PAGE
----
Rectification of a Birthchart
One of the most frustrating things in astrology and in erecting a birthchart is not knowing the time of birth. Rectification can help with ascertaining this although the various methods can give differing answers. Rectification can also be a useful tool in adjusting a known birth time as in many cases the actual birth time recorded has been rounded up. Even an apparently accurate recorded time may be incorrect due to the midwife's watch not being right.
It is usual in the case of unknown birth times to erect a chart placing the sun on the ascendant, i.e. a dawn chart. Otherwise, the chart can be set for midday therefore being right in the middle allowing twelve hours either side. For some astrological things this is not acceptable and some way of discovering as near accurate a birth time as possible is required.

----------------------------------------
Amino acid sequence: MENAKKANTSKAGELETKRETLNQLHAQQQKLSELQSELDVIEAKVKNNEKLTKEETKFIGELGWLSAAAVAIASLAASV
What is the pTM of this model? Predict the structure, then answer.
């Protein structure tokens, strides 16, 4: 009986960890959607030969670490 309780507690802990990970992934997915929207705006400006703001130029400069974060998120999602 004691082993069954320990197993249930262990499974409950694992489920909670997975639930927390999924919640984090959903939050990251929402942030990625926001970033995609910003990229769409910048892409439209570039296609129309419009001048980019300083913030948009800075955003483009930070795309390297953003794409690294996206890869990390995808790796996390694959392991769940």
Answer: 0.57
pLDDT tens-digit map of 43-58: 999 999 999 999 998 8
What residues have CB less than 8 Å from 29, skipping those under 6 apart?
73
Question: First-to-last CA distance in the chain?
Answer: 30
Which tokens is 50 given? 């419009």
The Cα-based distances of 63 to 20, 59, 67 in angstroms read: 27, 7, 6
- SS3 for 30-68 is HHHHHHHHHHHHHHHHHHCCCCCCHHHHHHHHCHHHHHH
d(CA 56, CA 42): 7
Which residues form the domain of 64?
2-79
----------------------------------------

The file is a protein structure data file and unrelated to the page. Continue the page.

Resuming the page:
Knowing a correct birth time is vital when using Progressions. Even a small discrepancy of a few minutes can throw the Ascendant out by a degree and therefore throw timing of progressions out by a year or more. Likewise when using Astrocartography an incorrect time can throw the angle and planetary lines way out. Most frustrating of all in not knowing a birth time is that often the sign of the moon will not be known, or if the moon did not change signs on that day, the degree and any aspects to it cannot be certain. Also, as the calculation of the Arabic Parts relies mostly on the sign and degree of the Ascendant, these cannot be of use either.